Because most people with brain injuries have been involved in trauma, for instance an automobile collision, they are likely to have other injuries as well. Approximately 30 percent of people with brain injuries have fractures and the same number have injuries to the nerves of the arms and legs. Sometimes, these injuries are not discovered until the person is in rehabilitation. Several reasons exist for this. During the initial hospitalization, the focus is on life threatening conditions. Other more minor issues are not a priority. Also, many fractures and nerve injuries are extremely difficult to diagnose when someone is comatose or minimally conscious because the primary symptoms of these injuries are pain and difficulty moving. As a person becomes more alert, however, the team may order additional tests, such as x-rays or an EMG, (see “Common Tests and Procedures”) to diagnose the problem.

High Blood Pressure (Hypertension)

Less than 10 percent of people will have high blood pressure after a brain injury. This is usually because of damage to the part of the brain that controls blood pressure but your physician may run tests to eliminate other possible causes. The patient will also be started on a medicine to help control the blood pressure (it is called an anti-hypertensive).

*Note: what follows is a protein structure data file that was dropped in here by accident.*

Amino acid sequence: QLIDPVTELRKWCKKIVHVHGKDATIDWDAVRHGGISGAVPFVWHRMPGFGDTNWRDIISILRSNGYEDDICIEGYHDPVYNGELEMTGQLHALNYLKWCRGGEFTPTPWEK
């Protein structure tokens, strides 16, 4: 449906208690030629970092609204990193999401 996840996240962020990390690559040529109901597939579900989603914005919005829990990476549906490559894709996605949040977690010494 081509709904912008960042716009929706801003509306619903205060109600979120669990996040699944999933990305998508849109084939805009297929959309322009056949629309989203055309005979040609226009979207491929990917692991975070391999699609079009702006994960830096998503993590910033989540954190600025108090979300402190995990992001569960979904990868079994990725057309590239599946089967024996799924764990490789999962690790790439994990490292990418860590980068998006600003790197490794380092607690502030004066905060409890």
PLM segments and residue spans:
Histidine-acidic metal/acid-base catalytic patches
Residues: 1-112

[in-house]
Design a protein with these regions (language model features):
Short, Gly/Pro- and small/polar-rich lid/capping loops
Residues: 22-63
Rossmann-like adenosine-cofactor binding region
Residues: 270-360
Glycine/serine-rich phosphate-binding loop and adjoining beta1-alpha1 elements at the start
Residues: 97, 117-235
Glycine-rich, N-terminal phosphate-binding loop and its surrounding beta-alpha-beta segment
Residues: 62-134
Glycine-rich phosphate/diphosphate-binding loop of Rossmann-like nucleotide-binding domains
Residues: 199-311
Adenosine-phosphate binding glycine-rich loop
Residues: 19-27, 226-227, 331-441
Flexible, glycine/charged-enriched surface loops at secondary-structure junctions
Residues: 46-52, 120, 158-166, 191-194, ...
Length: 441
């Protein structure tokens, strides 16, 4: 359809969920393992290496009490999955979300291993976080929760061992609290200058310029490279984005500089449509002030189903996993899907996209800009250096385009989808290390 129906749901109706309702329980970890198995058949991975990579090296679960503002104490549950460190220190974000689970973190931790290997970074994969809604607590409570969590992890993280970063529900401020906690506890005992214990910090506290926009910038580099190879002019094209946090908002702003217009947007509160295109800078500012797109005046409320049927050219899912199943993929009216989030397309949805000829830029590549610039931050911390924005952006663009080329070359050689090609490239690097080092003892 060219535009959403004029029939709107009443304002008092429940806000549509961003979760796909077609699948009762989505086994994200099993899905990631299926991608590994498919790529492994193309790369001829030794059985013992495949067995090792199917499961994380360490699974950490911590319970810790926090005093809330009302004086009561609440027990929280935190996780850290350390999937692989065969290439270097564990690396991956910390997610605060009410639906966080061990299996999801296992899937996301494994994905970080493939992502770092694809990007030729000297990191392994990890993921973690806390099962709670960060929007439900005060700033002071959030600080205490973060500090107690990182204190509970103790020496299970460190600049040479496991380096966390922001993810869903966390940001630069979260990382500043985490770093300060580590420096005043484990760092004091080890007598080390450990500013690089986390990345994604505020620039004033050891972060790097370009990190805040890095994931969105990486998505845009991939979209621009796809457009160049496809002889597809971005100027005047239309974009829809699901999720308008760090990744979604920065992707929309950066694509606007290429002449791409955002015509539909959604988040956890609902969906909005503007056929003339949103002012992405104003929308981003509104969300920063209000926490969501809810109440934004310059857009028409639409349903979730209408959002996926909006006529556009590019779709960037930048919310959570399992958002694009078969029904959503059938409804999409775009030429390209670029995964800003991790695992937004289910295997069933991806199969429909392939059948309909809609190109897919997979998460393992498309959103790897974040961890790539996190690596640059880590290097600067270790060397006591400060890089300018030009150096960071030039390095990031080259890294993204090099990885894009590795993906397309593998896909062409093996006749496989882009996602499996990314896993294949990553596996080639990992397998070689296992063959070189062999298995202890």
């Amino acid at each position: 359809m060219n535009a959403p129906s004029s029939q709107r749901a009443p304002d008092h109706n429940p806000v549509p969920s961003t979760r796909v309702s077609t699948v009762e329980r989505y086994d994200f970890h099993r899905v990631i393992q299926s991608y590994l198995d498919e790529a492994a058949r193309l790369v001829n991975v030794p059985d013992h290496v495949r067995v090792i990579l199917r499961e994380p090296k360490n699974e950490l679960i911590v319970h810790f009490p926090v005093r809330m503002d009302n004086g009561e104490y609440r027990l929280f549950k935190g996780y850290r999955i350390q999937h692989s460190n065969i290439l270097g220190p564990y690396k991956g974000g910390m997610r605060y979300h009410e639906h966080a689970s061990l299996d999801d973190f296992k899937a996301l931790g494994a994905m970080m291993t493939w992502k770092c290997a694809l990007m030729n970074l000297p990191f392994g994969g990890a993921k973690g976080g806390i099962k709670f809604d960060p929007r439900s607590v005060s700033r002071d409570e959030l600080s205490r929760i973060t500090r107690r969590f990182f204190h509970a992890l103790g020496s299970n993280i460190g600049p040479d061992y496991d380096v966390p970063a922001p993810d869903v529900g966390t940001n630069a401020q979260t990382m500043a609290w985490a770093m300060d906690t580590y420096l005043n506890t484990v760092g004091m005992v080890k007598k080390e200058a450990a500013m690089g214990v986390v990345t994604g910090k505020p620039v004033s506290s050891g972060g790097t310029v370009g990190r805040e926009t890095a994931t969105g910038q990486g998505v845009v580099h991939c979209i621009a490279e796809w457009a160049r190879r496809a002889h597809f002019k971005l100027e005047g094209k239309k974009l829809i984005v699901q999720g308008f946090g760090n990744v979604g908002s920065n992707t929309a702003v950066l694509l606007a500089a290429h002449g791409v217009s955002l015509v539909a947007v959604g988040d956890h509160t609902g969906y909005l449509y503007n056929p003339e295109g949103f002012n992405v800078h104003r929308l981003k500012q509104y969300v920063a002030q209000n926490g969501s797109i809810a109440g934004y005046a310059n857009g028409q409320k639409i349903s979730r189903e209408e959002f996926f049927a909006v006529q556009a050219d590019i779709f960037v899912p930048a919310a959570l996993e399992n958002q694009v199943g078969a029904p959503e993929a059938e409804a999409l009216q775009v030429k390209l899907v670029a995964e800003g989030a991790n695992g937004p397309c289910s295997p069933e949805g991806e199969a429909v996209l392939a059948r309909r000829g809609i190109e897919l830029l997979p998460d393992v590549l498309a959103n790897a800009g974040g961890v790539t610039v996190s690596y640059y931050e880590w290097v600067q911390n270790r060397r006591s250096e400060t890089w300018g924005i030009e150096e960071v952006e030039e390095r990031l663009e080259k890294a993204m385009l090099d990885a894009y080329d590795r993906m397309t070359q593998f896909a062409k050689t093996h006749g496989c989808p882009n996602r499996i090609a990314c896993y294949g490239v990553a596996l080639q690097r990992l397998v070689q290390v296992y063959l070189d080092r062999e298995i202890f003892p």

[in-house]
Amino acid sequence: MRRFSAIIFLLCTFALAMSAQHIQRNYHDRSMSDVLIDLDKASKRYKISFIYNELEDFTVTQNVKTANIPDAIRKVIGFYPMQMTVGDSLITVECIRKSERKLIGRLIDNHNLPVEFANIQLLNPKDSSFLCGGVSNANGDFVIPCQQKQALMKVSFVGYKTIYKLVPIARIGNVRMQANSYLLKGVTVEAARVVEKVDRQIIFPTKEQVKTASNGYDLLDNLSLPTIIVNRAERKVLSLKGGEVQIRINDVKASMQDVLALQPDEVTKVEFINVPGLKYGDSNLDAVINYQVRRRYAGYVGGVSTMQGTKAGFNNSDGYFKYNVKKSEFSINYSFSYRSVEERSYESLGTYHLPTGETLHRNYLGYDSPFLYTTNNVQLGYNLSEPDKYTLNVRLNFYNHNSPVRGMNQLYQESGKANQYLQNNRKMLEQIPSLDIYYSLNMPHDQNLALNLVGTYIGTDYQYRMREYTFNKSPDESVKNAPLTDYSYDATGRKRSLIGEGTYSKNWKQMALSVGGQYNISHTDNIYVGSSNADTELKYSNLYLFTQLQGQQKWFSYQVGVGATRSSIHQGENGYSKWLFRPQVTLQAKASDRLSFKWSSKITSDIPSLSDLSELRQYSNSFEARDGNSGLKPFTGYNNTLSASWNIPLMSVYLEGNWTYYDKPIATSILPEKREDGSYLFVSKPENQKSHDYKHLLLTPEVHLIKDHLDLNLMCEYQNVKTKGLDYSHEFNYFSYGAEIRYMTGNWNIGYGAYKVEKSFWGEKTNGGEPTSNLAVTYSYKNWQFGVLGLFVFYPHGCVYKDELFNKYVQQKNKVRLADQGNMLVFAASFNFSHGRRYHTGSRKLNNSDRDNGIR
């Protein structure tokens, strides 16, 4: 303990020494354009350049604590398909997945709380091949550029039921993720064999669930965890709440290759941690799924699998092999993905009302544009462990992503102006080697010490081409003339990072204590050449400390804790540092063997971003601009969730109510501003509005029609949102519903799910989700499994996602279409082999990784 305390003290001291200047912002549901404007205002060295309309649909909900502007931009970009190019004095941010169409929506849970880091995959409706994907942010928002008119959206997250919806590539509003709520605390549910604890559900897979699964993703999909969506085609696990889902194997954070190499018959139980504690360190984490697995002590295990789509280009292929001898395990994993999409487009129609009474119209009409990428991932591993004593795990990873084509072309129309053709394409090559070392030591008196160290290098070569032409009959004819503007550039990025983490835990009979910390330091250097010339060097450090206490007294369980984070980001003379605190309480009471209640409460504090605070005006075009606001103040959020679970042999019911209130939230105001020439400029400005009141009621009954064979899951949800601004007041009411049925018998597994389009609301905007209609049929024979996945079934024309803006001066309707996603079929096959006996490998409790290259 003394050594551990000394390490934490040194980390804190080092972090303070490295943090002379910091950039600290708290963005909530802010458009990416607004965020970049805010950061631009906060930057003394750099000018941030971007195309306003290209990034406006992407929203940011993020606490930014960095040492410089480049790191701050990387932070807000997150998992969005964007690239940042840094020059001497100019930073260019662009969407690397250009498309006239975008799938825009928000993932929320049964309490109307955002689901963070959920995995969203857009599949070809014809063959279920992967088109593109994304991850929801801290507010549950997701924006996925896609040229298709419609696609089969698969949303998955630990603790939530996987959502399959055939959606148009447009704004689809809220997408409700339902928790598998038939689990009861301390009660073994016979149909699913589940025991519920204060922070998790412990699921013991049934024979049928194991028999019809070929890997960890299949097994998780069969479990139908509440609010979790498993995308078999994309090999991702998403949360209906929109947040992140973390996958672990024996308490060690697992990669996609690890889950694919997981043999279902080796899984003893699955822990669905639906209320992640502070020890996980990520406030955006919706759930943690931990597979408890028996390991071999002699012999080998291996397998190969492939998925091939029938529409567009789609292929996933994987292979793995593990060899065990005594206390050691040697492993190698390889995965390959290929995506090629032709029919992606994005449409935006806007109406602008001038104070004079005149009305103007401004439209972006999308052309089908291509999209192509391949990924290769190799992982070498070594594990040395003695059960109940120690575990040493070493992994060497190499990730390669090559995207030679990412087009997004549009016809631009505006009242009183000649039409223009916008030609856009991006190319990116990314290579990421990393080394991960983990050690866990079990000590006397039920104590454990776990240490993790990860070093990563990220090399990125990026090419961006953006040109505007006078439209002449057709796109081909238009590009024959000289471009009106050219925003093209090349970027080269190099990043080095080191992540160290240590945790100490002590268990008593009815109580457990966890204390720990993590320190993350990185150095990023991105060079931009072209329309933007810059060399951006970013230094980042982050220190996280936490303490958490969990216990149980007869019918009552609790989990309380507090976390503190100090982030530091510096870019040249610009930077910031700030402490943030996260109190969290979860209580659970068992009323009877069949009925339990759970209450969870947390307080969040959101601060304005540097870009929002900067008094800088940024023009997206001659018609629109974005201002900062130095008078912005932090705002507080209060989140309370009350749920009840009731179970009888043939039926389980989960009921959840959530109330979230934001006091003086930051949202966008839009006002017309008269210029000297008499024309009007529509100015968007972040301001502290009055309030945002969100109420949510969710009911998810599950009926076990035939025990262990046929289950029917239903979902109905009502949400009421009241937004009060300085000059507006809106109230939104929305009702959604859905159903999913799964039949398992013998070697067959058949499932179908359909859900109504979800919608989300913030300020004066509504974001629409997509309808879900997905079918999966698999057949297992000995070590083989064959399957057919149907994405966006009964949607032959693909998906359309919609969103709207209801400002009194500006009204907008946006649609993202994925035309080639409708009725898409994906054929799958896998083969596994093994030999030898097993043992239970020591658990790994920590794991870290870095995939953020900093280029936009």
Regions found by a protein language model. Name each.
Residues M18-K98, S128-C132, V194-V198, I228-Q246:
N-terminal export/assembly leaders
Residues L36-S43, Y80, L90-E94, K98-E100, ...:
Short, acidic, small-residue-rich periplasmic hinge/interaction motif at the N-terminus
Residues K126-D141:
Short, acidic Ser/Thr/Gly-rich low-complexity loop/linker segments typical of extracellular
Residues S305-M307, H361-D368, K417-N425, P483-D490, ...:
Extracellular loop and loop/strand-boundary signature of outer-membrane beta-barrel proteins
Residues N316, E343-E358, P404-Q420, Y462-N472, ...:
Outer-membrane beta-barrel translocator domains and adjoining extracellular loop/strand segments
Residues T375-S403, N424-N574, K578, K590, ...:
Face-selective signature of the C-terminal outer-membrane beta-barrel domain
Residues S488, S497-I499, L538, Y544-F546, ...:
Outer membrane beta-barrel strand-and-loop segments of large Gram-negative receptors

This is one of the most common problems faced by people with brain injuries. In this situation, certain muscles of the body are tight or hypertonic because they cannot fully relax. For instance, the elbow can be bent almost completely, so that the hand is almost to the shoulder. If one tried to straighten the elbow out, it would be extremely difficult because of the tightness. Spasticity prevents the person from using the body part and can be painful. Besides, even when the person would be unable to use the body part anyway, for instance, because it is paralyzed, the spasticity can interfere with the ability of another to provide care. For example, if the elbow is bent as described earlier, it may be impossible to dress the patient or even clean the crook of the elbow.

Therapies play a crucial role in the treatment of spasticity. In addition, the patient may be started on a medicine to help relax the muscles. Other treatment options are nerve block, botulinum toxin injections and surgery.

Other Problems

Issues with respiratory care including tracheostomies, feeding and nutrition including feeding tubes, swallowing problems including aspiration, bowel and bladder management and skin breakdown are covered in other sections of this guide.

Posted on BrainLine November 6, 2008

Copyright 2008 Rehabilitation Institute of Chicago, LIFE Center. Reprinted with permission.